Personal record card

Personal record cards were used from 1938 to keep track of who lived where. They are part of the population registration.

Personal record cards are a great source of information for recent research because they cover the period from 1938 onward. Copies of personal record cards of deceased people can be ordered for a fee from the Central Bureau for genealogy.

Personal index card

Personal index card of Johannes Marijnissen

Administrative process

Personal record cards were introduced in 1938 to replace the old family-based registration. The municipalities kept personal record cards for every inhabitant. If a person moved to another municipality, his index card was forwarded there. It can be thought of as an ‘administrative twin’ that follows you around your entire life.

In 1994, the personal record cards were replaced by the municipal basic administration, that registers the same information in digital form.

Contents of a personal record card

A personal record card includes the following information about a person:

  • First name(s)
  • Last name
  • Date and place of birth
  • Date and place of death
  • Information about the parents (full names, dates and places of birth)
  • Religion (not public, redacted on photocopies)
  • Addresses (public if person died at least 20 years ago, otherwise redacted on photocopies)
  • Information about spouses (full names, dates and places of birth and marriage, whether the marriage ended by death or divorce)
  • Information about children (full names, dates and places of birth and death. Sometimes not all children are mentioned. If the children had already moved out before 1938 they are often not listed on their parents’ cards).

Ordering personal record cards of deceased people

The personal record cards from 1938 onward are not public to protect the privacy of living people. After a person dies, his or her card or record from the municipal basic administration is sent for processing to the Central Bureau of Statistics. When they are done with it, it is sent on to the Central Bureau of Genealogy (CBG). Usually, it takes around two years for the cards to become available at the CBG.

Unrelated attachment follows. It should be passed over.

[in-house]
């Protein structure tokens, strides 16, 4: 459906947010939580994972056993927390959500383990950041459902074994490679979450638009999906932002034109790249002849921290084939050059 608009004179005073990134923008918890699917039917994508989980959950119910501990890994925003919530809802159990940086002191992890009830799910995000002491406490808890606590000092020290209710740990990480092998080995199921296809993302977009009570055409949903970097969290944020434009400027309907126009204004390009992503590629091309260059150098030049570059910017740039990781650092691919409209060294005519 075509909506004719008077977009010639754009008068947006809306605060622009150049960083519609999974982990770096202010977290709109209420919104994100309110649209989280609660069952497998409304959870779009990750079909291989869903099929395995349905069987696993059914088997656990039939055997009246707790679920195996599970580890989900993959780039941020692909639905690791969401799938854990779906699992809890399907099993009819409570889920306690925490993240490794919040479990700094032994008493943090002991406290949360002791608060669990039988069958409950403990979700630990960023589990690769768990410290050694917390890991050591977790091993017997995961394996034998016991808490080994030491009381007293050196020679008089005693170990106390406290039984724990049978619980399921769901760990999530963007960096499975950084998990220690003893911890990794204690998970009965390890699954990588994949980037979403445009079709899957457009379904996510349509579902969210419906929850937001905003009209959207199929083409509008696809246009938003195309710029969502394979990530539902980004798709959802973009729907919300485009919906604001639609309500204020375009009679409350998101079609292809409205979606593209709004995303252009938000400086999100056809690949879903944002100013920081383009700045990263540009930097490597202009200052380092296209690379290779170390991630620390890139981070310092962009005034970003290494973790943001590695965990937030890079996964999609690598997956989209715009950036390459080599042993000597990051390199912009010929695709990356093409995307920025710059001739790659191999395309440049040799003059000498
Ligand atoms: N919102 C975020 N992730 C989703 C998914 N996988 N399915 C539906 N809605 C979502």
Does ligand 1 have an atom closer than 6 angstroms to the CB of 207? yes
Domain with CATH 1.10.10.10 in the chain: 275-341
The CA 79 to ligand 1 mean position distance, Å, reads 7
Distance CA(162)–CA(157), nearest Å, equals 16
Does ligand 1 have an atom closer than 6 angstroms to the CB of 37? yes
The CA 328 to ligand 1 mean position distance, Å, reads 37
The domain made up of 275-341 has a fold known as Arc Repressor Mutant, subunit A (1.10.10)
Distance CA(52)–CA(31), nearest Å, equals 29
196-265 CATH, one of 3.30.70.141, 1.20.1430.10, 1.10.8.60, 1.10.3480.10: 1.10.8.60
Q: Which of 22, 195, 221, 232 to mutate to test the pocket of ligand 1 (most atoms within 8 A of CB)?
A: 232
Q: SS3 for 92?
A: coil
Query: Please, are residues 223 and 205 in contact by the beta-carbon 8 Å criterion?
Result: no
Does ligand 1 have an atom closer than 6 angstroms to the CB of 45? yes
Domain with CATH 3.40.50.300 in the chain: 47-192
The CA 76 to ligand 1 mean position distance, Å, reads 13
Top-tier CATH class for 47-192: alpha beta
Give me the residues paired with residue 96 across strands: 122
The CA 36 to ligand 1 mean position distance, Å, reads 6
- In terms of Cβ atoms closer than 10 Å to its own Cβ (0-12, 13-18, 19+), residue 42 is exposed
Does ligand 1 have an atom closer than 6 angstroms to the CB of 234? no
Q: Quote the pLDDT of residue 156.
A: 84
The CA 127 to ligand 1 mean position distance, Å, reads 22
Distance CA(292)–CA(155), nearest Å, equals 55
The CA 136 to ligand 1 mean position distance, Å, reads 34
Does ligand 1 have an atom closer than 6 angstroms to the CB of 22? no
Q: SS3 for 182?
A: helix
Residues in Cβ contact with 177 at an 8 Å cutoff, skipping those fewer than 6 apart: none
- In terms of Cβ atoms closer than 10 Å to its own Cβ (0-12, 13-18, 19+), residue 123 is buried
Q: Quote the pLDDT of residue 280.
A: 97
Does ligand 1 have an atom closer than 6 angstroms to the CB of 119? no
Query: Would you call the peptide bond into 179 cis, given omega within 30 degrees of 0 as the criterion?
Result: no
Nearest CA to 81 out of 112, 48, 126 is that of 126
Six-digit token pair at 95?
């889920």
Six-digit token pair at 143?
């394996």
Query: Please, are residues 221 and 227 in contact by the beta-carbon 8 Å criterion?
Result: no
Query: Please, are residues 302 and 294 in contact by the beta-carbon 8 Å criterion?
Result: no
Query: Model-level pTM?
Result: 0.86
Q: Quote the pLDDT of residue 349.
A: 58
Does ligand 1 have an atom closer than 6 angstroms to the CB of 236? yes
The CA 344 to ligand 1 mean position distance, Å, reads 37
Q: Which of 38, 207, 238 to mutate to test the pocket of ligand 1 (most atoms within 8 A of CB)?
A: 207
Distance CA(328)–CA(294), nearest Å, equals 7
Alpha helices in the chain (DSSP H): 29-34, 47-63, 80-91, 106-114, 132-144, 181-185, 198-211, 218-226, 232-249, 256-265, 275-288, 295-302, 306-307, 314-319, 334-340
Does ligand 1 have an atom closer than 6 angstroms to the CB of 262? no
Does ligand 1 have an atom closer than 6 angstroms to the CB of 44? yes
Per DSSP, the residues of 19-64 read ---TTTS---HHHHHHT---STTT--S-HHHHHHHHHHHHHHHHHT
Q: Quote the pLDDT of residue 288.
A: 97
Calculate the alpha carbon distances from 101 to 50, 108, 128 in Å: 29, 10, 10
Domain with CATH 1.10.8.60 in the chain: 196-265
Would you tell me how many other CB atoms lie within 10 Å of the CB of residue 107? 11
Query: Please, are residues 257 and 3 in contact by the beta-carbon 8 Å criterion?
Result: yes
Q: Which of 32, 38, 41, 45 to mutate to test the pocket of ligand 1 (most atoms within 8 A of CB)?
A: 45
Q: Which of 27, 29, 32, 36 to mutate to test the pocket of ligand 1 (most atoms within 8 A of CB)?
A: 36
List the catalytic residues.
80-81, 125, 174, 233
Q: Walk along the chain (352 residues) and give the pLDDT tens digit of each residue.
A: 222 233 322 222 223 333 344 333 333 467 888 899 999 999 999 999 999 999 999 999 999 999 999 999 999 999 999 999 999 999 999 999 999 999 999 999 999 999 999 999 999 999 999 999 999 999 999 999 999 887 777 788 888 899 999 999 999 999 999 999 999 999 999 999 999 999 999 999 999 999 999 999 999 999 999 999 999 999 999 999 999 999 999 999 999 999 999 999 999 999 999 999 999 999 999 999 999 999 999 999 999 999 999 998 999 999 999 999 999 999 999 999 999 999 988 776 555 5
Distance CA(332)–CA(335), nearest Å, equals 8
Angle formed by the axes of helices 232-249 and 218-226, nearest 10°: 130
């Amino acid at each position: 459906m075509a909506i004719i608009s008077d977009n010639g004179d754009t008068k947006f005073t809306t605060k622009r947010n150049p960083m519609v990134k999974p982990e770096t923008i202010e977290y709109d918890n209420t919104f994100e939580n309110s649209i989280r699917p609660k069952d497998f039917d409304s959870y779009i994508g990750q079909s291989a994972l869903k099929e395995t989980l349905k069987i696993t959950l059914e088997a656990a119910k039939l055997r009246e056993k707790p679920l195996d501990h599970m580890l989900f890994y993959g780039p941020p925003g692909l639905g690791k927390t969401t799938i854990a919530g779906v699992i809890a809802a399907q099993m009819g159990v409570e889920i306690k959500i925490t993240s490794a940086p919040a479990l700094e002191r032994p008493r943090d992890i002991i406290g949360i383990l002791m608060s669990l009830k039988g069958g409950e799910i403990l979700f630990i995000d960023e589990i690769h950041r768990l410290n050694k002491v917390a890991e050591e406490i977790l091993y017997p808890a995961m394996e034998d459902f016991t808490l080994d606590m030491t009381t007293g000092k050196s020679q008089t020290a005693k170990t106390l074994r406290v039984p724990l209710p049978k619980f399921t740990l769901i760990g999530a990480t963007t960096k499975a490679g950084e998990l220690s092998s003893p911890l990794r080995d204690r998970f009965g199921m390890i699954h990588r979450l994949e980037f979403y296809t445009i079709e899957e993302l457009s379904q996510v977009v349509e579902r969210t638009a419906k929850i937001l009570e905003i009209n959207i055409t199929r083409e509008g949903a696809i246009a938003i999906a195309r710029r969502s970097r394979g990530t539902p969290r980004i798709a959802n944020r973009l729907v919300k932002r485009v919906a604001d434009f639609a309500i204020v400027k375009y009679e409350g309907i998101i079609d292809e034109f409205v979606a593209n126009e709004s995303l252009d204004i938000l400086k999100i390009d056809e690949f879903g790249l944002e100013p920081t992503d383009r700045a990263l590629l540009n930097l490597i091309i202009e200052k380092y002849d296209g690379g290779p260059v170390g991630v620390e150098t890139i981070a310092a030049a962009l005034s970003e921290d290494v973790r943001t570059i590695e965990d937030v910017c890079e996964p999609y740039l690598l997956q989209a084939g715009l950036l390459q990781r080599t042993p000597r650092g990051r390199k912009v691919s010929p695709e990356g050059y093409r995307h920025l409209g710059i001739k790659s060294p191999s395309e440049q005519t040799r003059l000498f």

Photocopies can be ordered from the CBG for a fee. To find out how to order a photocopy, please check the “Personal record card”-brochure(PDF) from the CBG website.

For each person you’re requesting a personal record card for, list the following information:

  • First and last names, as accurately and completely as possible
  • The birth date and place
  • Year and if possible the date of death
  • Any other information like information about the spouse (names, birth and death places)

If you don’t know all of this information that’s no problem as long as there is enough the identify the person. If the information is unclear, a research fee will be charged. When ordering more than one card, list the people in alphabetical order.

There is no way to order copies of personal index cards of people who are still alive, because that would violate their privacy.

Ordering a personal record card of an emigrant

If a person emigrated, the personal record card was forwarded to the municipality of The Hague, where it is kept in the “Vestigingsregister” (settlement register). To order a copy of a personal record card of an emigrant, write an email to and include:

  • Your name, postal address and purpose of the request
  • A copy of your ID (passport)

If the emigrant was born less than 100 years ago, you will need to send a copy of his or her identification and written consent, or proof of death. Otherwise, your request will likely be turned down.

Dutch Genealogy source score

5 Stars Amount of information about births, marriages, deaths
4 Stars Amount of background information about your ancestors
1 Stars Online availability of scans
1 Stars Online availability of indexes or transcriptions
5 Stars Easy to understand if you don’t know Dutch

About Yvette Hoitink

Yvette Hoitink is a professional genealogist in the Netherlands. She has been doing genealogy for almost 25 years. Her expertise is helping people from across the world find their ancestors in the Netherlands. Read about Yvette's professional genealogy services.

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